Then, new Jatropha trees are grown and a new carbon-neutral process begins.
Not so for fossil fuels. Carbon-heavy coal and oil are a huge source of new carbon that we bring up from deep underground which, as we burn it, continuously adds new CO2 to our atmosphere
Therefore ALL fossil fuel burning adds to the overall CO2 load of our atmosphere – while plant based biofuels are CO2-neutral, as they merely recycle the same carbon dioxide, many times over.
Where am I going with this?
We should blend our fossil fuels with CO2-neutral biofuels (50/50) to taper our dinosaur era, petroleum based, CO2-additions to the atmosphere.
Biofuels now come in three generations
1st generation biofuels were the first on the market, but required massive subsidies to be economically viable.
2nd generation biofuels were next-up and as the technical problems are now solved, new 2nd generation biofuels are surging ahead and show dramatic CO2 reductions.
3rd generation biofuels are in the pilot programme stage at this point, but early indications are that negative CO2 emissions may be possible — as megatonnes of waste carbon dioxide from nearby factories are used in algae biofuels production and the profitability of this new generation of biofuels (even without subsidies) seems likely.
The three generations of biofuels
Corn, palm tree, and sugar-cane are examples of 1st generation biofuel crops. They are poor choices for biofuel production as they have their own environmental negatives attached to them and they require massive subsidies to compete in the marketplace.
1st generation biofuel crops require billions of gallons of precious water, plenty of fertilizer, pesticides and land management.
And it goes without saying of course, that replacing food crops with biofuel crops is a very bad idea.
Fortunately, 2nd generation biofuel plants grow in conditions and areas which are inhospitable for food crops.
Some examples of 2nd generation biofuel plants which grow in semi-arid regions are; Jatropha, Millettia and Camelina and the cultivation of these provide plenty of jobs for developing nation labourers.
Biofuels that are produced with algae or enzymes are known as 3rd generation biofuels and are the most efficient way of producing biofuels, using only water, plant matter, relatively small amounts of algae and microscopic enzymes to do the work.
And talk about good karma, algae thrive when CO2 is added to the conversion chamber (called a ‘biofuel reactor’ which is basically a 500,000 gallon soup pot) and helps to convert the ingredients into high quality gasoline.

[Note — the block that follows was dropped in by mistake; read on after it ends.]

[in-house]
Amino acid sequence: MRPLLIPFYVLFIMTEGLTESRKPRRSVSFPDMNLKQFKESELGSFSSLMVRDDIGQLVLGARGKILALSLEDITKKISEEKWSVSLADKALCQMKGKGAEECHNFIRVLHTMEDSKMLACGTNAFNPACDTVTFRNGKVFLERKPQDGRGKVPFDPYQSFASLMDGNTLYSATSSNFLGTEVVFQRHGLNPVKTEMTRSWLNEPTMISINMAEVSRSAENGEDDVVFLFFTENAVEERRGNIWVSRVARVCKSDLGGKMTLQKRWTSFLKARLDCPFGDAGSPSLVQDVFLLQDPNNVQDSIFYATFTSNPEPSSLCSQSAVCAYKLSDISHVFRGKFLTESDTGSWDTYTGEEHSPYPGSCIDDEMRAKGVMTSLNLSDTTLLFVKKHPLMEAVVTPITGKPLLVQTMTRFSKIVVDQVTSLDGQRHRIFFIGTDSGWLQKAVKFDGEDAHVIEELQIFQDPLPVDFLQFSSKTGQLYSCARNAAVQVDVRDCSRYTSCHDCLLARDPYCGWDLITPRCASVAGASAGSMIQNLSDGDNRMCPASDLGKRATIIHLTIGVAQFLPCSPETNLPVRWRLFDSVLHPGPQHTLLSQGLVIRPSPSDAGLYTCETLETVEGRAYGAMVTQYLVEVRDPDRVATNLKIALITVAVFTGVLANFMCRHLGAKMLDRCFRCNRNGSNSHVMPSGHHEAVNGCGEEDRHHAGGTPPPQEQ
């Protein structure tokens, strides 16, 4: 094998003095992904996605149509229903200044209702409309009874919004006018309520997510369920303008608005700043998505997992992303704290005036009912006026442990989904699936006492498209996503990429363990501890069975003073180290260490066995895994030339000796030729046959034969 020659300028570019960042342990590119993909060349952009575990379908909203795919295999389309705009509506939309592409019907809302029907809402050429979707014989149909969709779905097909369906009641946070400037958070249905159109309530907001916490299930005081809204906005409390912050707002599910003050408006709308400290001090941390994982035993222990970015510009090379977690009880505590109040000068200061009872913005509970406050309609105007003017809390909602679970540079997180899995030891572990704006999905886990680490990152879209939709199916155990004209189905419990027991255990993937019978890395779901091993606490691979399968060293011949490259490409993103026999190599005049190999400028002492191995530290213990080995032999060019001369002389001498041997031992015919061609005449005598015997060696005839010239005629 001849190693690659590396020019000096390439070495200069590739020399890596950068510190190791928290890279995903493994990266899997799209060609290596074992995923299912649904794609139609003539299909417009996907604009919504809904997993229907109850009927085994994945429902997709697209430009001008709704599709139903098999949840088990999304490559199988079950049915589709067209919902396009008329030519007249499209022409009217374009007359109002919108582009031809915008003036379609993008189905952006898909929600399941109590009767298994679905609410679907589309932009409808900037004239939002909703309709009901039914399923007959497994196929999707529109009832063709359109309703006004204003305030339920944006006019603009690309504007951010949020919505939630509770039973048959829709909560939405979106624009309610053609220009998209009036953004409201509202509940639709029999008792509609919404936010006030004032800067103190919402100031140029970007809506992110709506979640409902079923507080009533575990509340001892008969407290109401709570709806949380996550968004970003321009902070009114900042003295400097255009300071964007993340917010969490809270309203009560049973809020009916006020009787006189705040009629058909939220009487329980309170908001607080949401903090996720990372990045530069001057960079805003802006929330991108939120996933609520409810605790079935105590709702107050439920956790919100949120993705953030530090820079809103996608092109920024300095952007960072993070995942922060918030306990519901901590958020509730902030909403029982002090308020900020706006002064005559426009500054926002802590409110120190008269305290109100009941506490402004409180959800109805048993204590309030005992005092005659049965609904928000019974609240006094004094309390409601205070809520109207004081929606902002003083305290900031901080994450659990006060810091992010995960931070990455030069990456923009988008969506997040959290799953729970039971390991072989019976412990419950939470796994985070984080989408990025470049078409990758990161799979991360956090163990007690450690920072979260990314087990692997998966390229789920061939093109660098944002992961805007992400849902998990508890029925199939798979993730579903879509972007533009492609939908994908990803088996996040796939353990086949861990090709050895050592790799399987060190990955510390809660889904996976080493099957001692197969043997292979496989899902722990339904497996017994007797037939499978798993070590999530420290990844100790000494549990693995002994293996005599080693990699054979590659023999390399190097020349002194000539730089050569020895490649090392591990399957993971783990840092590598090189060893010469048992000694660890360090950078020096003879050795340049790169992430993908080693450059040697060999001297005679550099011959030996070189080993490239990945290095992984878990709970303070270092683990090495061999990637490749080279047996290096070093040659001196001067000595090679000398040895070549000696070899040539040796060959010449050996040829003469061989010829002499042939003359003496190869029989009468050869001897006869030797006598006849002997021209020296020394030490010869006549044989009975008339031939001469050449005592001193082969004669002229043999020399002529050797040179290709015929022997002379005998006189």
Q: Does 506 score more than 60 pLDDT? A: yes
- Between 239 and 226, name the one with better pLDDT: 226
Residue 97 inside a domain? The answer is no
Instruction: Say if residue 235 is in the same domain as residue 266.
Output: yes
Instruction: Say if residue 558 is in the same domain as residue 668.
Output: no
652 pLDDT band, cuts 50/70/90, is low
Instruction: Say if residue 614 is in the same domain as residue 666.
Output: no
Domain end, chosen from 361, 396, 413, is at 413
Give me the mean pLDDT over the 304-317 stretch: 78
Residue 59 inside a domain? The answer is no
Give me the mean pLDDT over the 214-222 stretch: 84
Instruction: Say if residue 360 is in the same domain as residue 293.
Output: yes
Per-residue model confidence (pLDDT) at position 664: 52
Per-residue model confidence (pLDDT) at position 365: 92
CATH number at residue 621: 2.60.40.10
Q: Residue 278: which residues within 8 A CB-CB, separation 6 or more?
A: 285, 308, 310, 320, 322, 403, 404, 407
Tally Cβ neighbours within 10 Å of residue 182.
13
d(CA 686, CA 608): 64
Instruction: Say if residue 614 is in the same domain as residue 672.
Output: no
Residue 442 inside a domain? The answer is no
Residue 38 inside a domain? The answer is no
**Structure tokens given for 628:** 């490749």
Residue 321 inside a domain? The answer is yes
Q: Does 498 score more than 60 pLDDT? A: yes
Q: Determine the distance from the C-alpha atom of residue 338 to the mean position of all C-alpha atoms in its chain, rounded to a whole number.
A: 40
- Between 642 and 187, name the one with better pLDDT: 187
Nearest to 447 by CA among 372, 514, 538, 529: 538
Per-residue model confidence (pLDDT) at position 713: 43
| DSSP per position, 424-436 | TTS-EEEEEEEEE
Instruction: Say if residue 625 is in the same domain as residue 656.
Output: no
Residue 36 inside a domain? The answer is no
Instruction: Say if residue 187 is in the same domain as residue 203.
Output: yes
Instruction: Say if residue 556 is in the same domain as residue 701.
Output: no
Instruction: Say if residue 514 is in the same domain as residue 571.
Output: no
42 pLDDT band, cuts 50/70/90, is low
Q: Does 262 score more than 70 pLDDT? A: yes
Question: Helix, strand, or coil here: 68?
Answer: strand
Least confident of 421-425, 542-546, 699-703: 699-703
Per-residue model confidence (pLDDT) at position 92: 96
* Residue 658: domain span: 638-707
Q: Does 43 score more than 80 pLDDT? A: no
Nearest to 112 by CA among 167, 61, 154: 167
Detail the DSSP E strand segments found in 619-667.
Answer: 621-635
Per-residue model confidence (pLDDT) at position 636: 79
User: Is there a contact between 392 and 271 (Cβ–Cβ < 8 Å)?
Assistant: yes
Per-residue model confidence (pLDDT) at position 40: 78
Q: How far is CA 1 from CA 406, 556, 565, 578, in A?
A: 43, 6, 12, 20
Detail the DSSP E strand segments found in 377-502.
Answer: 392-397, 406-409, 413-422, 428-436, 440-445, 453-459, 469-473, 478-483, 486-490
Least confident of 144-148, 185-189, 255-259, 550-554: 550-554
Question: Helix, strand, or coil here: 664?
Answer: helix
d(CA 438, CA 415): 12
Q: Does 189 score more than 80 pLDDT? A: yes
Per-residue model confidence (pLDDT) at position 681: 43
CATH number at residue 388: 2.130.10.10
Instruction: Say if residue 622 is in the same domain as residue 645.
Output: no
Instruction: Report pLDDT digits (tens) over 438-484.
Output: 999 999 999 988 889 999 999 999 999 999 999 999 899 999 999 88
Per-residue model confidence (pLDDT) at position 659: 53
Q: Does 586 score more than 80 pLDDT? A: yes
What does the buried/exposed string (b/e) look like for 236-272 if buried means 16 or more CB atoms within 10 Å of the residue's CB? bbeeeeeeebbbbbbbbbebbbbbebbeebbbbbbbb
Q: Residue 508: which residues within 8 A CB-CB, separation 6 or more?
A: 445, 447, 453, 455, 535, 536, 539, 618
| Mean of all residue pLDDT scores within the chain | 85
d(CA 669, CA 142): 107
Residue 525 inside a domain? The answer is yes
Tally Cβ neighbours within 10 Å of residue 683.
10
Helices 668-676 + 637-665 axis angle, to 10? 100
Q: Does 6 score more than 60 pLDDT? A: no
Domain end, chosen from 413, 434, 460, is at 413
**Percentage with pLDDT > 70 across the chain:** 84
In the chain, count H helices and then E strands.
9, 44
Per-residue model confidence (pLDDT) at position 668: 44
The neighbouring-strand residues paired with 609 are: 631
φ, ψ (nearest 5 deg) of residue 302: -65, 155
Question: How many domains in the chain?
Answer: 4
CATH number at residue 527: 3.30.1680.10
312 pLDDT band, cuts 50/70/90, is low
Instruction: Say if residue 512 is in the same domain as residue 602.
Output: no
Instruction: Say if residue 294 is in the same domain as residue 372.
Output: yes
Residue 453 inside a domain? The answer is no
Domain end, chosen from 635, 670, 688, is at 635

In the new algae-to-gasoline plants, tonnes of CO2 from nearby industry are added to the ingredient list to help boost the speed of the process and to increase the final amount of gasoline produced.
Like any other green plant, algae ‘eats’ the CO2 and emits pure oxygen just like the trees in your neighborhood.
Each batch takes 5 days and at continuous production that means CO2-eating and oxygen production is happening every day of the year.
It’s better to continuously recycle a large amount of carbon-neutral plant-based CO2 (recycling it millions of times over) than to bring new carbon in the form of coal and oil to the Earth’s surface with it’s carbon-heavy load to burn it, thereby adding unfathomable gigatonnes of new CO2 to our 21st century atmosphere.
Yet another biofuel bonus
Lower CO2 emissions are a well-known bio-jet fuel benefit, regardless of which biofuel generation they hail from.
Boeing’s Sustainable Biofuels Research & Technology Program reported 80% lower CO2 emissions for camelina bio-jet fuel when compared to conventional jet fuel.
All 1st, 2nd, and 3rd generation biofuels are low carbon fuels (at the combustion stage) but only 2nd generation biofuels are economically viable at this point in time. New formulation 3rd generation biofuels look to have even lower CO2 emissions than the 2nd generation biofuels already on the market.
Depending on the type of biofuel crop employed, lowered CO2 emissions (as compared to conventional petroleum-based jet fuels) in the range of 50-80% are proven
New algae bio-jet fuels are showing CO2 emission reductions of better than 90% when compared to petroleum-based jet fuel.
There is every hope that within 10 years that new algae bio-jet fuel will prove to be CO2-negative as the algae requires huge volumes of carbon dioxide gas to grow at best possible speed.
Airline operators and the U.S. military note that the new bio-jet fuels extend engine life, emit less soot and smoke, and are easier on fuel system components such as fuel pumps and injectors
Notes about sugarcane:
Sugarcane moves from its present 1st generation biofuel ranking to 2nd generation biofuel ranking if certain guidelines are followed.
Sugarcane is usually considered a 1st generation biofuel crop, but;
1) if farmers refrain from burning sugarcane fields after each harvest (twice yearly) and 2) if the rest of the plant (not just the ‘cane’ but also the roots and leaves) are converted to biofuels via a new type of cellulosic bioreactor, and 3) where sugarcane fields aren’t displacing food crops, sugarcane is an excellent choice for a high-yield 2nd generation biofuel.